1. If we say that the Church created the canon, then we have to admit something like the Church determines God’s word. If the Church determines God’s word, then the church is claiming to determine God’s Word.   This is blasphemy.  It is placing fallible man above God.
  2. God’s word, since it comes from God’s Word, has authority independent of the Church’s recognizing it’s limits in time and space (e.g., the Canon).   If God’s Word has authority vis-a-vis God, and God is eternal, then God’s Word has eternal authority.
  3. I know traditionalists do not like the Protestant argument that the church merely recognizes the canon, but I don’t see a way around it.   Given who the speaking-God is, the church merely recognizes where he has spoken.   However, even this recognition is fallible and human.  If the  perfect Incarnate Logos did not have infinite knowledge according to his human nature, then how can the church claim such knowledge vis-a-vis the Canon?

Theologia Unionis as Epistemological Model

The Christological problem follows the [epistemological issue]:  if the human nature of Jesus, as finite, is in capable in itself of comprehending the infinite knowledge of the theologia archetypa[think of the simple divine mind, admitting no real distinctions], then any equation of the theologia unionis [for our present purpose, think the communication of attributes; BH] with archetypal theology must involve some alteration of the human nature of Jesus.  For Jesus to be possessed of an infinite divine wisdom according to his humanity, there would have to be either a communication of divinity to humanity or a transference of divine attributes to Jesus’ humanity within the hypostatic union (Muller, PRRD I: 250]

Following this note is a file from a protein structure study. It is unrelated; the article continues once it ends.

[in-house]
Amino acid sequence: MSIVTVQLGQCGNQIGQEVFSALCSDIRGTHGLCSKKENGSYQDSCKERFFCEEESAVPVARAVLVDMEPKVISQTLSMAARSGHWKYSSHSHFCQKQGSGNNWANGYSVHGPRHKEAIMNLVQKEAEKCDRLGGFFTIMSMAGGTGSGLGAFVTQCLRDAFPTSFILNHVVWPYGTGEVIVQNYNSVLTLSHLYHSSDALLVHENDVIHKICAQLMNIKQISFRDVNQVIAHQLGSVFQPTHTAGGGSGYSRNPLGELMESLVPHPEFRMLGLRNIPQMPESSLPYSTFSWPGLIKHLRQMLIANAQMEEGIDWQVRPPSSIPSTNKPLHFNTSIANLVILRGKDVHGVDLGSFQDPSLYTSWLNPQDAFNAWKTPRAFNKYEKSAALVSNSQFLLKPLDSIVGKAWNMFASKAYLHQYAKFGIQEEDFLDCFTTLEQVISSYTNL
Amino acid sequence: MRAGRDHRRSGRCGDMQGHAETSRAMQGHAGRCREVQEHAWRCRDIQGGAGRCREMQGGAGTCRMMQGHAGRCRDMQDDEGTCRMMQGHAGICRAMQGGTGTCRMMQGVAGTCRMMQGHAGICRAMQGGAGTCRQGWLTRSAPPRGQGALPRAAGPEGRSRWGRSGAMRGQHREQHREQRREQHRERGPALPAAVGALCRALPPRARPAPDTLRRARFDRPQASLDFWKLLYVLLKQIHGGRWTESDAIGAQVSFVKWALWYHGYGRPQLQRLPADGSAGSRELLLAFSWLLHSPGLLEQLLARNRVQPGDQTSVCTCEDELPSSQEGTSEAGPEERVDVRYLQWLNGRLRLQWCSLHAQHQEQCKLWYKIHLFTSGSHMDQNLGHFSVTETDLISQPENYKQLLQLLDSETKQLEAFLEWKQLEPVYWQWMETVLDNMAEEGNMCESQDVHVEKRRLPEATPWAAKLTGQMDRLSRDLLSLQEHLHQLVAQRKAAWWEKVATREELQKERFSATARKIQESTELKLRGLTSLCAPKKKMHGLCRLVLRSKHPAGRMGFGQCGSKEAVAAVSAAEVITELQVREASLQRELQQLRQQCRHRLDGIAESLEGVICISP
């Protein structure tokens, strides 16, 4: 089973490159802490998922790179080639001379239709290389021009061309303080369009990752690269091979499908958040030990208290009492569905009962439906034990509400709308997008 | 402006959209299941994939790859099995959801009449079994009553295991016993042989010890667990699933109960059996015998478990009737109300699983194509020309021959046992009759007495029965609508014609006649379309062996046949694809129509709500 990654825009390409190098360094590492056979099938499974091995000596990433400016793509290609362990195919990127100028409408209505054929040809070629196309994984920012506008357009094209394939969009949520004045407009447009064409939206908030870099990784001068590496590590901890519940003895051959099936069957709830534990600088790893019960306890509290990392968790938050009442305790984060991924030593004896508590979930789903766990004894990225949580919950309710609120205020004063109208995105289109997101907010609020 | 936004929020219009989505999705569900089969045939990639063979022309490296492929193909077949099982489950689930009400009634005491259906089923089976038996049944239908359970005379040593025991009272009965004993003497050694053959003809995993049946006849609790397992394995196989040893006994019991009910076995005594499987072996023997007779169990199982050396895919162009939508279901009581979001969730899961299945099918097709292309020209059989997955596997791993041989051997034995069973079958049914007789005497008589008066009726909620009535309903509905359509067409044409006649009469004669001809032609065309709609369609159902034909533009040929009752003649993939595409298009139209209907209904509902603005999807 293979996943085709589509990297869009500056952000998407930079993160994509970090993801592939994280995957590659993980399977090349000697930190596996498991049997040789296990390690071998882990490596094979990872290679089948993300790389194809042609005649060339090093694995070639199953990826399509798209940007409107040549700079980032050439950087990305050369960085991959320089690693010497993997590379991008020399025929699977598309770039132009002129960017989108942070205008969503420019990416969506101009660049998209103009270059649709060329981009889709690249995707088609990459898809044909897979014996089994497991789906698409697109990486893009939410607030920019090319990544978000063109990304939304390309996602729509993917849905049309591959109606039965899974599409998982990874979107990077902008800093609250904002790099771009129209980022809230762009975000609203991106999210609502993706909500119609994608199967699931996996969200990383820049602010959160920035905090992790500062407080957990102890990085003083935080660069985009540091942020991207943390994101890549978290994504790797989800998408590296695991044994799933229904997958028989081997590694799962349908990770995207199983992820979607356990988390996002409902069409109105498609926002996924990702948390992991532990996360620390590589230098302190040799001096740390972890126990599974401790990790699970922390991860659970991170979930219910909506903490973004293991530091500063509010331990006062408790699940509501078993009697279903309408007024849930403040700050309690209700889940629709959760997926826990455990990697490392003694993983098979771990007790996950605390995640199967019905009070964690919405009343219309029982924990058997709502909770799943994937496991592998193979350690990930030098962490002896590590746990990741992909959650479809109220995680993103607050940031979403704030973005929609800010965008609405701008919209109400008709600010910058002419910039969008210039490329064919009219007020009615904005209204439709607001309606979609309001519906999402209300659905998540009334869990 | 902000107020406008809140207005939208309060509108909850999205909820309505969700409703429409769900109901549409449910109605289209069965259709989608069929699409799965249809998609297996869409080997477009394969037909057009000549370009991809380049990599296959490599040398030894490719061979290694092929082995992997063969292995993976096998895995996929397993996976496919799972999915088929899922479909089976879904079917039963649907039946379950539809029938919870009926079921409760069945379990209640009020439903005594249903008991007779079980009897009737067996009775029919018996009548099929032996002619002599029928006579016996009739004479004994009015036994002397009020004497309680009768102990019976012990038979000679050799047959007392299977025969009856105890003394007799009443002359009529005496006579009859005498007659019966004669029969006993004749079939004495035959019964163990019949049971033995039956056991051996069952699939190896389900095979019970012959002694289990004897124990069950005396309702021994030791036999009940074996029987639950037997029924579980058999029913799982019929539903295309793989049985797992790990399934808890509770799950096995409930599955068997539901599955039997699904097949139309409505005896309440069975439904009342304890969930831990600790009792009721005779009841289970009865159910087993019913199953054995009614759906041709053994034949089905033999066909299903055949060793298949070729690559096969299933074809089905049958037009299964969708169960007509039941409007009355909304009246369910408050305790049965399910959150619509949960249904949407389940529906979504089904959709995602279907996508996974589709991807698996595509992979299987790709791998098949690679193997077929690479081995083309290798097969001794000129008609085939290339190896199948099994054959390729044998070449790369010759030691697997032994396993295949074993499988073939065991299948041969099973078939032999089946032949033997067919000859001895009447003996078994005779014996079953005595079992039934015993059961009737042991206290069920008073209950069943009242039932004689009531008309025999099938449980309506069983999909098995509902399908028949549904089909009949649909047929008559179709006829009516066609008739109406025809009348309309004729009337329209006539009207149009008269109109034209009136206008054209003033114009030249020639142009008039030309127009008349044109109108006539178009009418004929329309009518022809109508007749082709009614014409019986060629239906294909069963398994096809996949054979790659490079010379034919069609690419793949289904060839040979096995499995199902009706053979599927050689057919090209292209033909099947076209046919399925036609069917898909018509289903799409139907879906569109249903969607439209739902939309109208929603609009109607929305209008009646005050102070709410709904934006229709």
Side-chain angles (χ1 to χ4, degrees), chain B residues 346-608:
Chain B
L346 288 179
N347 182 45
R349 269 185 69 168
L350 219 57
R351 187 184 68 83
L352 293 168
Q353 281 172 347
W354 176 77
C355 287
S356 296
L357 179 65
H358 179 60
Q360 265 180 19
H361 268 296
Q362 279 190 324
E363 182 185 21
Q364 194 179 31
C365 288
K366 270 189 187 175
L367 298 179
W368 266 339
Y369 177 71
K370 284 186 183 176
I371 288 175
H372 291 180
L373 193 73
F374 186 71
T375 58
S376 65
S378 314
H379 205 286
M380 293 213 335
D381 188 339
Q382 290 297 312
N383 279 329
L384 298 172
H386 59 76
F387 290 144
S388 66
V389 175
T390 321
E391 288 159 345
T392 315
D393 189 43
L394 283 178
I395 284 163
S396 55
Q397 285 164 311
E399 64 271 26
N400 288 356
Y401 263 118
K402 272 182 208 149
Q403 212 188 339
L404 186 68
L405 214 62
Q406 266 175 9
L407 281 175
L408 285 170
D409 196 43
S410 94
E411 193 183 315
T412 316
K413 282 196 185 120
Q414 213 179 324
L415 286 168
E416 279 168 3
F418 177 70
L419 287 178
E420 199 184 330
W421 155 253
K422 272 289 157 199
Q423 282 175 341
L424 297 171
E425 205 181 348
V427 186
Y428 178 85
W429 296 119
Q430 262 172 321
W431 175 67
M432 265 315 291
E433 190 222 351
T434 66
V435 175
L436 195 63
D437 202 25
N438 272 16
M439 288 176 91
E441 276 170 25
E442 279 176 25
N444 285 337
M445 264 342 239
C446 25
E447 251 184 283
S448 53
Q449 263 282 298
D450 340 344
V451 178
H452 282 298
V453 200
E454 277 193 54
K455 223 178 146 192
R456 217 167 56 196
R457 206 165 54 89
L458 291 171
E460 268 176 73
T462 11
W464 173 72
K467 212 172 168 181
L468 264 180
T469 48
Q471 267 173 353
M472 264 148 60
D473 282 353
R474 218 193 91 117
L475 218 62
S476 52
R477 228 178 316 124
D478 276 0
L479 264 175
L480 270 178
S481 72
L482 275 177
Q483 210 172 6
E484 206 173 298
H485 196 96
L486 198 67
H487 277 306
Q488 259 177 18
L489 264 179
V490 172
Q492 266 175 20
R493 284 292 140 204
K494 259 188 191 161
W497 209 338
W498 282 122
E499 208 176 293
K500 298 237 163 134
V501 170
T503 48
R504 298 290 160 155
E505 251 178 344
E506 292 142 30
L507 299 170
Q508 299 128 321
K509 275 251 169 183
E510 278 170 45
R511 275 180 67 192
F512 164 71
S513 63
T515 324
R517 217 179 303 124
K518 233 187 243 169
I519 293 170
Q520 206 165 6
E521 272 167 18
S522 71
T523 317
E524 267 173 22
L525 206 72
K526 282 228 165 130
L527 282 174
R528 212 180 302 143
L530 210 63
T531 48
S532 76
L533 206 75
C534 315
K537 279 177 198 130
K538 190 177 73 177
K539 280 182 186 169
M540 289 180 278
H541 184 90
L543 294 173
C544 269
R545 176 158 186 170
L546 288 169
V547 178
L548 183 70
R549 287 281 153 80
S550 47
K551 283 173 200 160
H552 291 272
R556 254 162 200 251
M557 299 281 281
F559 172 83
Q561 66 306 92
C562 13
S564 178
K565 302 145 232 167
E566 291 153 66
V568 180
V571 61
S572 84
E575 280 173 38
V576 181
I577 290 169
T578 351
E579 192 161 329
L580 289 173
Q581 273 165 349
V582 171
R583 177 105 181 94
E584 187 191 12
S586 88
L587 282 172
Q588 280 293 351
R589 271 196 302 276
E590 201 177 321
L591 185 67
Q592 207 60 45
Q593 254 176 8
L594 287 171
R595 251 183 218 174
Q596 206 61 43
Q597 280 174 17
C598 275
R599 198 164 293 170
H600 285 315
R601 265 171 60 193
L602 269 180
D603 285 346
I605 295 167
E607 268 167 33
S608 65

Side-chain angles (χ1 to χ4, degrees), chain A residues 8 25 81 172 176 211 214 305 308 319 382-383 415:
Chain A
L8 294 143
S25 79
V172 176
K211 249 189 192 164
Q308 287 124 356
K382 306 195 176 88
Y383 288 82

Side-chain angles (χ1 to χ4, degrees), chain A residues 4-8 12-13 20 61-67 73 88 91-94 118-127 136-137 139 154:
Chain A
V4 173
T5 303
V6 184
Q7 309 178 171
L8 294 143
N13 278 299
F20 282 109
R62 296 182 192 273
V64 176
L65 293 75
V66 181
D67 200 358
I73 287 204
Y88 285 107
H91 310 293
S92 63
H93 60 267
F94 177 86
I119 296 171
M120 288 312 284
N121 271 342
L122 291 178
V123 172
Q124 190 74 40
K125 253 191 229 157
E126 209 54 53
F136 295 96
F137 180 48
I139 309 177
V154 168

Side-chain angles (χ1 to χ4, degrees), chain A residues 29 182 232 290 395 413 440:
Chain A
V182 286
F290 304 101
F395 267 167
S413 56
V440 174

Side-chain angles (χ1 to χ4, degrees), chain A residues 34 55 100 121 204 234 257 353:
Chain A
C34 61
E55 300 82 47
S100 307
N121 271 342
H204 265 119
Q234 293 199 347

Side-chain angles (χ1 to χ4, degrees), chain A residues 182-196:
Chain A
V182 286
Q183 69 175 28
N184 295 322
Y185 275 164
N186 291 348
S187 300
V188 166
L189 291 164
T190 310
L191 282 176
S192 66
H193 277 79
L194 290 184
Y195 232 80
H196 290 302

The point is this:  If Christ in his incarnation didn’t exhaustive knowledge, then how can  we expect fallen sinful man to have it?   If you do not accept this point, then you will doom yourself to deadly spiritual models that can only cause theological insanity.  You will end up asking questions like,

  1. If there is no infallible speaking church/pope, then how can I have certainty about anything?
  2. How do I know which books are in the canon?
  3. How do I know I am elect?

All of these questions, pursued in a false context of Illegitimate Religious Certainty, are spiritual death.